In chicken, the GC content of 5′ UTR is significantly and positively correlated with expression level, expression breadth, and maximum expression level, whereas that of coding sequences and introns and at the third coding position are negatively correlated with expression level and expression breadth, and not correlated with maximum expression level. These significant trends are independent of recombination rate, chromosome size and gene density. Furthermore, multiple linear regression analysis indicated that GC content in genes could explain approximately 10% of the variation in gene expression.
Conclusions
GC content is significantly associated with gene expression pattern and could be one of the important regulation factors in the chicken genome.
doi:10.1186/1297-9686-45-9
PMCID: PMC3641017  PMID: 23557030
19.  Envelope Variants Circulating as Initial Neutralization Breadth Developed in Two HIV-Infected Subjects Stimulate Multiclade Neutralizing Antibodies in Rabbits 
Journal of Virology  2014;88(22):12949-12967.
ABSTRACT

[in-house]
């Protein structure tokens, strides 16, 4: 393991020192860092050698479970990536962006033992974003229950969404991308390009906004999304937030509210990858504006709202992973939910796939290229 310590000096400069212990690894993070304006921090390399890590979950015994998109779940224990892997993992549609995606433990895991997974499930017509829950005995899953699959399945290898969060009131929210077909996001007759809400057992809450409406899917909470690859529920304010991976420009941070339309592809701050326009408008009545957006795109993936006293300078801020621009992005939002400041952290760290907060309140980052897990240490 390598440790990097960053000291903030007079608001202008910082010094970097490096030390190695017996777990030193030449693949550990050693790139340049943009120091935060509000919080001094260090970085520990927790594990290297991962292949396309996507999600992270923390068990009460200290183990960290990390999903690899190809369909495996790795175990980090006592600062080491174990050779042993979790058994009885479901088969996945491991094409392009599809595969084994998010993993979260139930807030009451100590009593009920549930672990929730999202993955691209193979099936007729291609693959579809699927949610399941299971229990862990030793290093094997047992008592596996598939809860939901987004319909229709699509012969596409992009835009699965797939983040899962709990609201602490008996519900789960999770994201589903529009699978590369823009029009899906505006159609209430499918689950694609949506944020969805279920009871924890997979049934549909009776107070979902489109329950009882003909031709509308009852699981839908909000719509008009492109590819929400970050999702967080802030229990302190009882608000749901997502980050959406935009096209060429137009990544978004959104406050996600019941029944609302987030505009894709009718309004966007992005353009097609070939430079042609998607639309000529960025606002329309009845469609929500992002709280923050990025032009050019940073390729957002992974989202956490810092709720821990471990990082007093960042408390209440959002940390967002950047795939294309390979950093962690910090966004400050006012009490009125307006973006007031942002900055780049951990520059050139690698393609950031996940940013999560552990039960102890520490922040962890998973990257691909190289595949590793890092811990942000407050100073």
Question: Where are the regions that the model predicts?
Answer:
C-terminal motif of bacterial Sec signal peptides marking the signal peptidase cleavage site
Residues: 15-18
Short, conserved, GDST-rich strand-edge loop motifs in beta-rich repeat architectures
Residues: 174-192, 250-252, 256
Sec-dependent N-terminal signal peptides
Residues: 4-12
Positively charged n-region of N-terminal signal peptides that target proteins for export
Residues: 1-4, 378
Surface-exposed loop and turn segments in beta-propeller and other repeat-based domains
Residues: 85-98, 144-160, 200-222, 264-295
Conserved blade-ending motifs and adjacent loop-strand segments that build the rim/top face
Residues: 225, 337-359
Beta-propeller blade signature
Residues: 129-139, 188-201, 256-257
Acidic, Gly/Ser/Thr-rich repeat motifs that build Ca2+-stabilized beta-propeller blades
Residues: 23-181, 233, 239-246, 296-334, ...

Identifying characteristics of the human immunodeficiency virus type 1 (HIV-1) envelope that are effective in generating broad, protective antibodies remains a hurdle to HIV vaccine design. Emerging evidence of the development of broad and potent neutralizing antibodies in HIV-infected subjects suggests that founder and subsequent progeny viruses may express unique antigenic motifs that contribute to this developmental pathway. We hypothesize that over the course of natural infection, B cells are programmed to develop broad antibodies by exposure to select populations of emerging envelope quasispecies variants. To test this hypothesis, we identified two unrelated subjects whose antibodies demonstrated increasing neutralization breadth against a panel of HIV-1 isolates over time. Full-length functional env genes were cloned longitudinally from these subjects from months after infection through 2.6 to 5.8 years of infection. Motifs associated with the development of breadth in published, cross-sectional studies were found in both subjects. We compared the immunogenicity of envelope vaccines derived from time points obtained during and after broadening of neutralization activity within these subjects. Rabbits were coimmunized four times with selected multiple gp160 DNAs and gp140-trimeric envelope proteins. The affinity of the polyclonal response increased as a function of boosting. The most rapid and persistent neutralization of multiclade tier 1 viruses was elicited by envelopes that were circulating in plasma at time points prior to the development of 50% neutralization breadth in both human subjects. The breadth elicited in rabbits was not improved by exposure to later envelope variants. These data have implications for vaccine development in describing a target time point to identify optimal envelope immunogens.